Policy learning is an attractive proposition, but who learns and for what purposes? Can we learn the wrong lesson? And why do so many attempts to learn what works often fail? In this article, we provide three lessons. First, there are four different modes in which constellations of actors learn. Hence our propositions about learning are conditional on which of the four contexts we refer to. Second, policy learning does not just happen; there are specific hindrances and triggers. Thus, learning can be facilitated by knowing the mechanisms to activate and the likely obstacles. Third, learning itself is a conditional final aim: although the official aspiration of public organisations and politicians is to improve on public policy, policy learning can also be dysfunctional – for an organisation, a policy, a constellation of actors or even democracy.
The literature on policy learning has generated a huge amount of heat (and some light) producing policy learning taxonomies, concepts and methods, yet the efforts to demonstrate why we should think about policy processes in terms of learning have been rare and mostly in the past (Dunlop, Radaelli and Trein, 2018). Additionally, policy learning has progressed in different sub-fields, such as the study of diffusion, transfer, individual and collective learning, social learning, and knowledge utilisation (see the family tree of learning in Dunlop, Radaelli and Trein, 2018; and the fragmentation in sub-fields portrayed in Goyal and Howlett, 2018). This has discouraged the tasks of communicating, comparing and combining insights that, the editors of this special issue remind us, are fundamental to translate research to a wider audience, avoiding jargon and obfuscation.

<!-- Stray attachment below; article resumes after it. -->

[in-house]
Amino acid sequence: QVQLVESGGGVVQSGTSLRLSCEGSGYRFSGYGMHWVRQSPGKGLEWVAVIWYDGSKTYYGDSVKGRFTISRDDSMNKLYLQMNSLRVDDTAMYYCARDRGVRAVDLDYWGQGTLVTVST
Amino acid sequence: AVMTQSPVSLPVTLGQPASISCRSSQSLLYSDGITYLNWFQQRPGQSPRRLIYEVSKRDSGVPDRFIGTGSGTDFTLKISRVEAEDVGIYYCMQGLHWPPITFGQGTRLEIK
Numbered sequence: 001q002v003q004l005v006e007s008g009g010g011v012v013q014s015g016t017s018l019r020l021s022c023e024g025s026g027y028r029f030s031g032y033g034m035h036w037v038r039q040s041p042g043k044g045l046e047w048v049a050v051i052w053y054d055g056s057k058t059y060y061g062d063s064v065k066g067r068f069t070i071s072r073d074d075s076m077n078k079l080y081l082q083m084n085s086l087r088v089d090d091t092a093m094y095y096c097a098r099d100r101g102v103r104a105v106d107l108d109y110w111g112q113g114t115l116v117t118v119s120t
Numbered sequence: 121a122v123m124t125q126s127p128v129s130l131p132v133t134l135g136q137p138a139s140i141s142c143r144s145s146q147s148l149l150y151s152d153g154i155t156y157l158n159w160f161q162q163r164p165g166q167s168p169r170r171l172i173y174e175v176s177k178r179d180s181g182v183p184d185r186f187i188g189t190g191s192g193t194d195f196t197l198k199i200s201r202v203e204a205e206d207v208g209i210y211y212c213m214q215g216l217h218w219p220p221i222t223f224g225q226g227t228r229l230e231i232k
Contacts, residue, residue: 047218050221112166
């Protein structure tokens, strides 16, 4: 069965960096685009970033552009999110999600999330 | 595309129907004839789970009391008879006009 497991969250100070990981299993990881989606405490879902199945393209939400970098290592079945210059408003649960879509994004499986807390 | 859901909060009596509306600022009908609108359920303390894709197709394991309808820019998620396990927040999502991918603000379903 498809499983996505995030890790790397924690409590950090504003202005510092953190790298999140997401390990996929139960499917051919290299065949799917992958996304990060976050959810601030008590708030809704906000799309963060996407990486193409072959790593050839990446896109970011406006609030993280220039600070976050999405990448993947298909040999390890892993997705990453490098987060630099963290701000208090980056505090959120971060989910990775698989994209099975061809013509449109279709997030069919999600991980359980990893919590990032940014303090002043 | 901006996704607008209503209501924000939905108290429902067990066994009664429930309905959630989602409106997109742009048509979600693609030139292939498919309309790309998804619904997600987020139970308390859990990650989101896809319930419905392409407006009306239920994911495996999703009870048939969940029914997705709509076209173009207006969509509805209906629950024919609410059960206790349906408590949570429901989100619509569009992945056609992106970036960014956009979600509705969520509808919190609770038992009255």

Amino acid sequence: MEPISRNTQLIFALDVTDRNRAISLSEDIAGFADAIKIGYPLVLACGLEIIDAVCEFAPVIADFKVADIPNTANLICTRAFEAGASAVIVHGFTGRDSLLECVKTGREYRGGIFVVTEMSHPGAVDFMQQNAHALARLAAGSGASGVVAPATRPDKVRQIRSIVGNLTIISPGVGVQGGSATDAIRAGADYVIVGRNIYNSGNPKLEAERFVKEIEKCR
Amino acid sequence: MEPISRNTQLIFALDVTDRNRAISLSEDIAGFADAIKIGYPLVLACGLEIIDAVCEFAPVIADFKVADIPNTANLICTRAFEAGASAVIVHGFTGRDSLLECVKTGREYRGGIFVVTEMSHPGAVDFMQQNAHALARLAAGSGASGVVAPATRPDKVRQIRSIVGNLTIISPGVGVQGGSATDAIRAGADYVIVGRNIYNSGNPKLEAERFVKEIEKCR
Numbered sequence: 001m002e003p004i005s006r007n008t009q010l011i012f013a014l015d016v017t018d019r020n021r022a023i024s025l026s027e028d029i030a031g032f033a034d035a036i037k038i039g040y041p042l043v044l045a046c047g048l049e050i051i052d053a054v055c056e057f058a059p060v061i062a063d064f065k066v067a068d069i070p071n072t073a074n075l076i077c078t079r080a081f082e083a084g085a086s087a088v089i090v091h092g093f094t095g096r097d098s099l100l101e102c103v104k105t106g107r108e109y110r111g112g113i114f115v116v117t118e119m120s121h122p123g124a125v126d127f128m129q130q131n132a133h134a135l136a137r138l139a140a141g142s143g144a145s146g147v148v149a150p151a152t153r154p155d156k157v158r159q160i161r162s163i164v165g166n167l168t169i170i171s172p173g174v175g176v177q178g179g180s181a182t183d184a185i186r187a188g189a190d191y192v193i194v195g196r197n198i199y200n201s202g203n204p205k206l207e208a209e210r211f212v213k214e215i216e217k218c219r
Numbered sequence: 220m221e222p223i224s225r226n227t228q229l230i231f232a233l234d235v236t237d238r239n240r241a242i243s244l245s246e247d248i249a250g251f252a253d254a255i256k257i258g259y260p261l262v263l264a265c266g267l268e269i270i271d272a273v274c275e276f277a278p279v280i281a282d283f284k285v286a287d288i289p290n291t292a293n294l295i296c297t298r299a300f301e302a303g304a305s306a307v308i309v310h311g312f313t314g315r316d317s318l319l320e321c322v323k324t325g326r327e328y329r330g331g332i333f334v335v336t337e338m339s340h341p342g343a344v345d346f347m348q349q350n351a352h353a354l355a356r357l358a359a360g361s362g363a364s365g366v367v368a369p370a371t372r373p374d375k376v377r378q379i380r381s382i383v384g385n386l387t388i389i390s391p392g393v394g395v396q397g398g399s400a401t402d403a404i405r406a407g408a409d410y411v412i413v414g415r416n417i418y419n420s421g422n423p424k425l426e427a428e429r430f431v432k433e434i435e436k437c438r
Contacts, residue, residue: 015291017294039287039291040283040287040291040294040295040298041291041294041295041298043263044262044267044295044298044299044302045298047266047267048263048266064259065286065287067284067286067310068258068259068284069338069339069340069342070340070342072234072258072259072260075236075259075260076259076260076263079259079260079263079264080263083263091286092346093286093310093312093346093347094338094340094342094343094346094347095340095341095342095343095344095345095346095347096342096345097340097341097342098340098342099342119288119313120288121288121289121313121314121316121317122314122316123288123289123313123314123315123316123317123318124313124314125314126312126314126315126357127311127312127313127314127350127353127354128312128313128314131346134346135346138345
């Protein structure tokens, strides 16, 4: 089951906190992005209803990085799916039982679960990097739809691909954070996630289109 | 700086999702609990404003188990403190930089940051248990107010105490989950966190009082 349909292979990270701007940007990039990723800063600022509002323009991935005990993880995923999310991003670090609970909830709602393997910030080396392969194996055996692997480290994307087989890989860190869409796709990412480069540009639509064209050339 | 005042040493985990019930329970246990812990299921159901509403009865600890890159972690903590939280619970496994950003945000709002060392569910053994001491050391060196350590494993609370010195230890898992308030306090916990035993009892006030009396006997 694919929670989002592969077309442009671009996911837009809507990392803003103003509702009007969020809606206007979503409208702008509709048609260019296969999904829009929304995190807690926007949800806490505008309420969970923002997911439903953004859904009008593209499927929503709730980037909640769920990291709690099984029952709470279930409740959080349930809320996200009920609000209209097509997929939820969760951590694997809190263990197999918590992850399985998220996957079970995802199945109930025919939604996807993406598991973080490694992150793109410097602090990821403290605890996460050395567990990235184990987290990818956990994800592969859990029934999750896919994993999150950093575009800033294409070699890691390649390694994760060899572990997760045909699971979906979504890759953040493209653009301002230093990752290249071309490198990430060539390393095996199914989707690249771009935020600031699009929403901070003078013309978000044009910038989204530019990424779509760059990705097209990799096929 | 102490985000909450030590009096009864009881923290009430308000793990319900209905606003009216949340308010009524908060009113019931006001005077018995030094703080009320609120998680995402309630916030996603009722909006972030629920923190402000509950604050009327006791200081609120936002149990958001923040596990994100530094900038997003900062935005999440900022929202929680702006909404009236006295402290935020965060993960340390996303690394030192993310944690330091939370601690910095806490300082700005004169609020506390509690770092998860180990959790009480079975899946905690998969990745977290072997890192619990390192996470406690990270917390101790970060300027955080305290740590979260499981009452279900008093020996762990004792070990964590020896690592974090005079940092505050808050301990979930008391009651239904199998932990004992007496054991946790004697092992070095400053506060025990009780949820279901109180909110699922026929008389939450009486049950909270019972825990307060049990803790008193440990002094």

We offer this chapter to both an audience of academics and to actors involved in policy-processes, be they elected politicians, public managers, activists or pressure groups. We address the academic audience made up of specialists in policy analysis by arguing that the quality of our findings should be judged in terms of ‘translation reach’. We set out to show how we can combine and integrate research on learning so that it can be translated to a wider audience of social scientists looking for cumulative findings, typical lessons, concepts that travel across fields.